Done kneading

Amazing how this happens. Nice and smooth and elastic

Place dough in an oiled bowl, coat surface of dough with oil. Cover bowl and place in a warm spot to rise 1 hour.

First Rise

First Rise

This is where you put a few tablespoons of canola, vegetable, whatever you want oil in the bottom of your mixing bowl that you’ve shaken out all the loose bits from. No need to measure, just eyeball it. Dump the dough in and spin it around on the oily bottom of the bowl to get oil all over it. Then, flip the dough over so the un-oiled side is now face down and the oiled side is up. My Tupperware That’s a Bowl has a lid so I put it on, burp it, you know you burp Tupperware, and put it in my oven. I put the bowl on a pot holder because I don’t want the bottom to melt any and turn the oven to warm. IMPORTANT!! Do not turn the oven on and walk away! You need to keep the door open a smidge so you can feel the temperature. Once you feel it’s warm enough, but not hot, close the door and turn the oven OFF. Set your timer and go enjoy a latte for that first hour rise.

Isn't that beautiful?

Isn’t that beautiful?

Punch dough down. Cover bowl and let rise another hour.

Punch it down

Punch it down

Pretty self-explanatory. Manhandle the dough to get all the air out. Flip it over again so the nice pretty side is face up rather than the manhandled side you just vented your frustrations on. Cover, warm your oven like in the first rise, and go enjoy another latte. Maybe a decaf one this time.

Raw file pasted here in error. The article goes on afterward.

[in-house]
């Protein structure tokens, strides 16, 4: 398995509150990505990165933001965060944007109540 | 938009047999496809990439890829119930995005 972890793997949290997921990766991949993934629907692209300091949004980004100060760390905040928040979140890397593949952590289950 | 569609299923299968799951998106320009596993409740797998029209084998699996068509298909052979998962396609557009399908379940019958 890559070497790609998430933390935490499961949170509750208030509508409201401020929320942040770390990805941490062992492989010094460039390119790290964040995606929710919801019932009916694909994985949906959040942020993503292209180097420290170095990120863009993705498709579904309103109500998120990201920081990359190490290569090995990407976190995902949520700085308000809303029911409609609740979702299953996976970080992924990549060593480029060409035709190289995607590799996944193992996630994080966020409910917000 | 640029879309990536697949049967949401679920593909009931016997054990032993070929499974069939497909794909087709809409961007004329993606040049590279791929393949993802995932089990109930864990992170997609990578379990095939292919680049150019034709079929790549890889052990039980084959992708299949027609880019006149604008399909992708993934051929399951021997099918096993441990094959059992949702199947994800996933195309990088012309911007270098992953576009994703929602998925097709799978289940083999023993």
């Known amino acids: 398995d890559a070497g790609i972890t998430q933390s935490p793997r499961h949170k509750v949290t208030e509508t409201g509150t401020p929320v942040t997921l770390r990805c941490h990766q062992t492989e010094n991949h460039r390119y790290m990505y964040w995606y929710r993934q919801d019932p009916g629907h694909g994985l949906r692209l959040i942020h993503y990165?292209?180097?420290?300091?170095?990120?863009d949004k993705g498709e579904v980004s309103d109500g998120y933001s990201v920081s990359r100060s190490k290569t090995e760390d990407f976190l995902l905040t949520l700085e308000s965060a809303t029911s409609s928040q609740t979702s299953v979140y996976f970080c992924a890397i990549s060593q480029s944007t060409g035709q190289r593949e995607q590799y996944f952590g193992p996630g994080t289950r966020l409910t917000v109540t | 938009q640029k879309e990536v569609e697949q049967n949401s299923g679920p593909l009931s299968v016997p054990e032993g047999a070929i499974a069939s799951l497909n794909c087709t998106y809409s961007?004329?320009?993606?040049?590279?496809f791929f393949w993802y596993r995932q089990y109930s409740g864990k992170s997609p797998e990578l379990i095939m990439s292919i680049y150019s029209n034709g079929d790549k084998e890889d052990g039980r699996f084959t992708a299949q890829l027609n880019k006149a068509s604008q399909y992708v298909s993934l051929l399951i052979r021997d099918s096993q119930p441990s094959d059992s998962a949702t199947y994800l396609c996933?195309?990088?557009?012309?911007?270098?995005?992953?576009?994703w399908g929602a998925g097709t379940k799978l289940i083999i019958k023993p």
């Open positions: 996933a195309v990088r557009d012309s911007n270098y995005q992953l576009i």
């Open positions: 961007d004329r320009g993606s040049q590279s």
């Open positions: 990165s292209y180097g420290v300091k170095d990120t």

Show it who's boss

Show it who’s boss

Flipped over and all the air punched out

Flipped over and all the air punched out

Dump dough onto clean counter and divide into 5 equal parts.

Second rise. Wow that's big!

Second rise. Wow that’s big!

Now if you’re the perfect judge of division, then you might be able to divide the dough into 5 equal parts in just one cut. However, I’ve made this recipe a lot, and I still can’t do that. So, divide the dough into 5 parts as best you can and then eyeball each piece of dough. Slice small pieces from larger balls and add them to the smaller balls to try to even everything out. Again, this isn’t a pretty part so just trim ’em up.

It ain't pretty

It ain’t pretty

More uniform in size

More uniform in size

Shape each into a loaf.

To shape my loaf, I flatten one dough ball onto the counter in a rectangle about as long as my loaf pan. Then I roll it up, pinch the long seam to seal it, and pinch the two edges closed. Put sealed side down in your loaf pan. Repeat 4 more times.

Flatten into a rectangle

Shaping

See the pinched seams?

See the pinched seams?

Place in greased loaf pans, and let rise until double (another hour) covered with a towel.

Loaves with seam down and all on the same shelf in the oven for the last rise

Loaves with seam down and all on the same shelf in the oven for the last rise

Covered for last rise

Covered for last rise

You’ll be an expert at warming the oven by the end of this recipe. Put all your pans in the oven on the same shelf. You’ll be able to fit them, trust me. They won’t all be side by side but it will work. Put the towel over the loaves, warm the oven just like in rise #1, and walk away to enjoy a third latte. Okay, maybe not a third latte, but you get another hour to do whatever the heck you want to.

Ready to bake!

Ready to bake!

Bake at 350 for 40 minutes.